- losing your cool with a colleague. Much like the above, taking a step back when you feel threatened isn’t as easy as it sounds. I still remember one time a teacher started arguing with me over a when I tried to follow up on some textbooks she needed to return. It turned into a personal attack which was all the more confronting because we were friends. Mindfulness helps with emotional regulation which is important in highly charged situations like these.
- falling prey to implicit bias. Whether it’s your preconceived ideas about gender, race, or an individual student, it can be tempting to dismiss OR engage with a student based on your assumptions. Many times I have seen teachers respond to the same behavior differently based on the students because they believe they know what is driving the student, or who the student really is, and react in line with those beliefs.
- feeling overwhelmed and stressed. Often this comes from feeling like there is too much to do and not enough time to do it. Much of this “too much to do” is work that is not due yet. Your focus gets taken away from where it needs to be, which is, what is the most important thing for me to do right now?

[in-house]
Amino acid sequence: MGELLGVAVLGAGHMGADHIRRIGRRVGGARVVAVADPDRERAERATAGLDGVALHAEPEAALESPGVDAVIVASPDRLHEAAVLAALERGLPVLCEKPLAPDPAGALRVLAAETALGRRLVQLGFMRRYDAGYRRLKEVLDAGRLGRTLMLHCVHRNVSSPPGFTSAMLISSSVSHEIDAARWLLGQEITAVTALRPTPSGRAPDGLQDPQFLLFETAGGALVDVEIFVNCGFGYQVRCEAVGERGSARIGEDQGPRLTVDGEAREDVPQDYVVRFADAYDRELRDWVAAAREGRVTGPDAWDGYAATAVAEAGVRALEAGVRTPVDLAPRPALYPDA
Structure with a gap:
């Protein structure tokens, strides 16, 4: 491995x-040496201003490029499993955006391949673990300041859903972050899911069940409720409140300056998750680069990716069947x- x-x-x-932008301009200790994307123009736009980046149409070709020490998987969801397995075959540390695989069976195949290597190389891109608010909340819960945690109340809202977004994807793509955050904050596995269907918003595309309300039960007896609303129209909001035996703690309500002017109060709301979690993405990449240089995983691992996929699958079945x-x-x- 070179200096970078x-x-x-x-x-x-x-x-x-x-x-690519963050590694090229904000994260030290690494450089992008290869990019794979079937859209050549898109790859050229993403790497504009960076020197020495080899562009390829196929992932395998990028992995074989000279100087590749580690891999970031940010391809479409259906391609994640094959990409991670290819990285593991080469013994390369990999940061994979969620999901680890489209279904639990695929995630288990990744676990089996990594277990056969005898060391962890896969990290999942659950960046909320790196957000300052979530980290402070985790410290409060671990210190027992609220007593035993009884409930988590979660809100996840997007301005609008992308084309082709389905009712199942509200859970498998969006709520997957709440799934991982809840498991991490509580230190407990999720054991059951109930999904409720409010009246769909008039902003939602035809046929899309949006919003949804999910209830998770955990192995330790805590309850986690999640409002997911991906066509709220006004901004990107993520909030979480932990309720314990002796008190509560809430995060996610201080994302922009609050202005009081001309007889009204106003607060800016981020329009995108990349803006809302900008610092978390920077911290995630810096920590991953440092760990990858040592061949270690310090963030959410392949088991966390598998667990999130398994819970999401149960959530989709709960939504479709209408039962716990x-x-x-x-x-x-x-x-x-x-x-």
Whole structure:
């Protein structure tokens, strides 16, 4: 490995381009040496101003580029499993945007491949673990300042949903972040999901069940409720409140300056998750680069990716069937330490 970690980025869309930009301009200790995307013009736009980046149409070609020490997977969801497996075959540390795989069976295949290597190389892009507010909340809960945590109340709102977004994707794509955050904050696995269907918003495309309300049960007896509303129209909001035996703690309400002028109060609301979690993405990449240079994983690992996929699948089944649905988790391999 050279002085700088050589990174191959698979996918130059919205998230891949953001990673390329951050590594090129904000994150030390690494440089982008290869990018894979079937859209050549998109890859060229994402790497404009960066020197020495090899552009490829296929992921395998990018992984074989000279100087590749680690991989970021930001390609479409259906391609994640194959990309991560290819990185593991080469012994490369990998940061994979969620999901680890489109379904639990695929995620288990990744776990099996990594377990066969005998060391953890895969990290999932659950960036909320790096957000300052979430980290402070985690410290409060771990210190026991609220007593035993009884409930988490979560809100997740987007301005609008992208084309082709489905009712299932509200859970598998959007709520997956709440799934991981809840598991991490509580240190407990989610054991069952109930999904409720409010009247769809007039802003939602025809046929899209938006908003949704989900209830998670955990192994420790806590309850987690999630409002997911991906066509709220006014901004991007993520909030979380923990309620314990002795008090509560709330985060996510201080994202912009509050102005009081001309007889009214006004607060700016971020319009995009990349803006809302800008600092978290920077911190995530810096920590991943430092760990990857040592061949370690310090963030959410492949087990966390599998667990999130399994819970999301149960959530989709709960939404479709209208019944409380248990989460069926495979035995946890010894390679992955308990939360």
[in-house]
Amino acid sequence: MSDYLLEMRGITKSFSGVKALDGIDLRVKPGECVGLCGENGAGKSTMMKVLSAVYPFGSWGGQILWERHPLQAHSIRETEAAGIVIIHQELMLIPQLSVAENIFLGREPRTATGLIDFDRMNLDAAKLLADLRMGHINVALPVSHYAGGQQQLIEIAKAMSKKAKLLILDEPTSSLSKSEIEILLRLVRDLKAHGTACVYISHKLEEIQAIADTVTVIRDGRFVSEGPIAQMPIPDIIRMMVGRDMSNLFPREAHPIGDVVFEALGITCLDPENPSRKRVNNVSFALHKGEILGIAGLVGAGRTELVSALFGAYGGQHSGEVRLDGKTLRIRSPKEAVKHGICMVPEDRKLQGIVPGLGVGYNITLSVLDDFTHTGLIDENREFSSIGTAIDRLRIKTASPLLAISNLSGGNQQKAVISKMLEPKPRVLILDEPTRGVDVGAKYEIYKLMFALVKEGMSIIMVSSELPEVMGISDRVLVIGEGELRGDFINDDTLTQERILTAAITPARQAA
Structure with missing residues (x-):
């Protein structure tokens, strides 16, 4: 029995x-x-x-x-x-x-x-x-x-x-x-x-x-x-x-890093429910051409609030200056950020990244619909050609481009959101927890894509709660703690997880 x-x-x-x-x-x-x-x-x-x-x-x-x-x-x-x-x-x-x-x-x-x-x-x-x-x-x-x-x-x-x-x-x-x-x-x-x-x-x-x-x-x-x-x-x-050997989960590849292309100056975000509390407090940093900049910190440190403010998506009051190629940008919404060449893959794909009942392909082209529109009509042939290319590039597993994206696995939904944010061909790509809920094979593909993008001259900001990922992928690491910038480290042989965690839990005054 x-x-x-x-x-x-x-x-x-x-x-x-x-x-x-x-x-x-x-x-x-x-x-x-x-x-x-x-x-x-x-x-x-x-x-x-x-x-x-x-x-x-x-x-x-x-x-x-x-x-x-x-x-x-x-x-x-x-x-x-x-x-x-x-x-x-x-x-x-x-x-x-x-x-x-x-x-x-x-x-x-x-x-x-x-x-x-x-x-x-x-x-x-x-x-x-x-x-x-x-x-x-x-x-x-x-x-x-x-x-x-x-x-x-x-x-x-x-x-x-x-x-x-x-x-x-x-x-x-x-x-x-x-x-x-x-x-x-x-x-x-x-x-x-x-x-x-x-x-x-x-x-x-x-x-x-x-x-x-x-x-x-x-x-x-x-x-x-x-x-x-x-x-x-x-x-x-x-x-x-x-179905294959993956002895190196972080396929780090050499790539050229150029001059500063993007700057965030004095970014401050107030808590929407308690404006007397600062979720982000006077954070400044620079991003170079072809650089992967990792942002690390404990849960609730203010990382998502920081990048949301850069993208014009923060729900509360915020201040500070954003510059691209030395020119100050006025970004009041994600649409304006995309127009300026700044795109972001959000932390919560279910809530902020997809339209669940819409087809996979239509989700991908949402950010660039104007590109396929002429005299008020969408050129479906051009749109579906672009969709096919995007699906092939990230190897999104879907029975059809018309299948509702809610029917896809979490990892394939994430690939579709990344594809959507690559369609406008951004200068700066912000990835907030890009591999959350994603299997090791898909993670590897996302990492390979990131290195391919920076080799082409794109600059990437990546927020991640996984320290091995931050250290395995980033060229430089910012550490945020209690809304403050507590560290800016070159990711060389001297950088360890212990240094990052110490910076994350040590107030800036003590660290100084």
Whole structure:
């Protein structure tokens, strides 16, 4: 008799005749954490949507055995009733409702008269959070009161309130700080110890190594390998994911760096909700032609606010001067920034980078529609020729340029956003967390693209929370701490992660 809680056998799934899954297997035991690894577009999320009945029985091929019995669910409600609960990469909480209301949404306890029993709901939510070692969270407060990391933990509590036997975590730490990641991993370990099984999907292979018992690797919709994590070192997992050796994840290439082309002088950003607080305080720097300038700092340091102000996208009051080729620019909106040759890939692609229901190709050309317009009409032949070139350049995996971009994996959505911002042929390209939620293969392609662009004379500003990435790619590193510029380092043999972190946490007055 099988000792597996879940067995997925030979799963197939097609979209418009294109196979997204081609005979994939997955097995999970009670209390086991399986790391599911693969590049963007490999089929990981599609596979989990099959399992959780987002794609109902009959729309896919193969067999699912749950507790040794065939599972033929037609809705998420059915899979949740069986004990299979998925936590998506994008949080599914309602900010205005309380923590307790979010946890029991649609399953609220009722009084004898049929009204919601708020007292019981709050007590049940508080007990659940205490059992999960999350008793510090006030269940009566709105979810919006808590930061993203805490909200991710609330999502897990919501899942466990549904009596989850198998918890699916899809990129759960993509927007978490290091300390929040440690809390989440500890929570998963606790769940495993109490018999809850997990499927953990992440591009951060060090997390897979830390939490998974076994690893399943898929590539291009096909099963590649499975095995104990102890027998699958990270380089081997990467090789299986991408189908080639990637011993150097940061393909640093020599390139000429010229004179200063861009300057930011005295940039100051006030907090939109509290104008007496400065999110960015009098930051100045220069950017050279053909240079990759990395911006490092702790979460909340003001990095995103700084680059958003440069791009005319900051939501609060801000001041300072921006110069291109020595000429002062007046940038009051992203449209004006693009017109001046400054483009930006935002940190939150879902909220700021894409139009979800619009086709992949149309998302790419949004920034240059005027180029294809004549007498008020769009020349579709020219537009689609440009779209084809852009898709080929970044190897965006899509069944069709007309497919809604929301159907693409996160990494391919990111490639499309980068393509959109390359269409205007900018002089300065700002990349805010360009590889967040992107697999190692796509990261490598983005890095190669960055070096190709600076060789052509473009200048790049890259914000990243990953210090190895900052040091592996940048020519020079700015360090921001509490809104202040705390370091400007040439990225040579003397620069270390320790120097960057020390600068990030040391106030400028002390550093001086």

- a negative classroom environment. One study showed a relationship between the level of cortisol in students and the burn out level of the teacher, thus leading to a more challenging environment and subsequent poorer student / teacher relationships (source). As mindfulness can both reduce stress and help people enjoy their job more, this can help shift the mood in your classroom and reduce everyone’s stress levels!